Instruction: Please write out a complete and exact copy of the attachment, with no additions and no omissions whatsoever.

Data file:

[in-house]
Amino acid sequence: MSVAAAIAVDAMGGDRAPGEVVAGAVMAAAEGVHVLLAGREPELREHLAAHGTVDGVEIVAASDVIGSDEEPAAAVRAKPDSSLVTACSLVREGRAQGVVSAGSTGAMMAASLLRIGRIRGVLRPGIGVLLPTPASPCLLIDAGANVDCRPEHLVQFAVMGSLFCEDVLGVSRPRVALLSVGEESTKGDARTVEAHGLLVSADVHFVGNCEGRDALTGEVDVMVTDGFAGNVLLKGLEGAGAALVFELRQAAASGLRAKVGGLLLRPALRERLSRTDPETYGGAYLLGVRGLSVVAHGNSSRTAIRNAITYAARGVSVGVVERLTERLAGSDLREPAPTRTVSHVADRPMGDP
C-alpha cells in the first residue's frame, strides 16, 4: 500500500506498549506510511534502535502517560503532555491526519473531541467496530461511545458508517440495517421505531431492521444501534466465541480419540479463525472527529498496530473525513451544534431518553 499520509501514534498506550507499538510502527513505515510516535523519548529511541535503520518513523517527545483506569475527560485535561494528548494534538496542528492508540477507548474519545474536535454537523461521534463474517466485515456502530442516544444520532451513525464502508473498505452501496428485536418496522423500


[in-house]
Amino acid sequence: MSVAAAIAVDAMGGDRAPGEVVAGAVMAAAEGVHVLLAGREPELREHLAAHGTVDGVEIVAASDVIGSDEEPAAAVRAKPDSSLVTACSLVREGRAQGVVSAGSTGAMMAASLLRIGRIRGVLRPGIGVLLPTPASPCLLIDAGANVDCRPEHLVQFAVMGSLFCEDVLGVSRPRVALLSVGEESTKGDARTVEAHGLLVSADVHFVGNCEGRDALTGEVDVMVTDGFAGNVLLKGLEGAGAALVFELRQAAASGLRAKVGGLLLRPALRERLSRTDPETYGGAYLLGVRGLSVVAHGNSSRTAIRNAITYAARGVSVGVVERLTERLAGSDLREPAPTRTVSHVADRPMGDP
C-alpha cells in the first residue's frame, strides 16, 4: 500500500506498549506510511534502535502517560503532555491526519473531541467496530461511545458508517440495517421505531431492521444501534466465541480419540479463525472527529498496530473525513451544534431518553 499520509501514534498506550507499538510502527513505515510516535523519548529511541535503520518513523517527545483506569475527560485535561494528548494534538496542528492508540477507548474519545474536535454537523461521534463474517466485515456502530442516544444520532451513525464502508473498505452501496428485536418496522423500